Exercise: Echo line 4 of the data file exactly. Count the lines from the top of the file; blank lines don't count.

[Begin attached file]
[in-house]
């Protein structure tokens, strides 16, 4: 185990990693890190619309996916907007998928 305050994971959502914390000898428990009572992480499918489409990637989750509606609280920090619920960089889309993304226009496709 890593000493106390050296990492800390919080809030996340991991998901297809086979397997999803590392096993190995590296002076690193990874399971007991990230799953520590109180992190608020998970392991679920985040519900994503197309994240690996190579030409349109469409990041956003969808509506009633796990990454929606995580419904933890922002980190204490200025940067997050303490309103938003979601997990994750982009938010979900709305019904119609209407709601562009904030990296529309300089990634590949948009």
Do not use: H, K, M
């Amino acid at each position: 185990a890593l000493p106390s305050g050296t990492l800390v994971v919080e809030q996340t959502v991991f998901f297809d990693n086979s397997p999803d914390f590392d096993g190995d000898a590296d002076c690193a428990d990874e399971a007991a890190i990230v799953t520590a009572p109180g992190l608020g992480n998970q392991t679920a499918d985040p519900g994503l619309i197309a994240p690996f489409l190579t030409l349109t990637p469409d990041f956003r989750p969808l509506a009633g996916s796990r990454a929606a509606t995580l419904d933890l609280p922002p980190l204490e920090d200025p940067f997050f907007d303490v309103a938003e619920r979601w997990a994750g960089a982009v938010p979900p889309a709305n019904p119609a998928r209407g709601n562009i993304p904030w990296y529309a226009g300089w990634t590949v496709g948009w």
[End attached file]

């Amino acid at each position: 185990a890593l000493p106390s305050g050296t990492l800390v994971v919080e809030q996340t959502v991991f998901f297809d990693n086979s397997p999803d914390f590392d096993g190995d000898a590296d002076c690193a428990d990874e399971a007991a890190i990230v799953t520590a009572p109180g992190l608020g992480n998970q392991t679920a499918d985040p519900g994503l619309i197309a994240p690996f489409l190579t030409l349109t990637p469409d990041f956003r989750p969808l509506a009633g996916s796990r990454a929606a509606t995580l419904d933890l609280p922002p980190l204490e920090d200025p940067f997050f907007d303490v309103a938003e619920r979601w997990a994750g960089a982009v938010p979900p889309a709305n019904p119609a998928r209407g709601n562009i993304p904030w990296y529309a226009g300089w990634t590949v496709g948009w």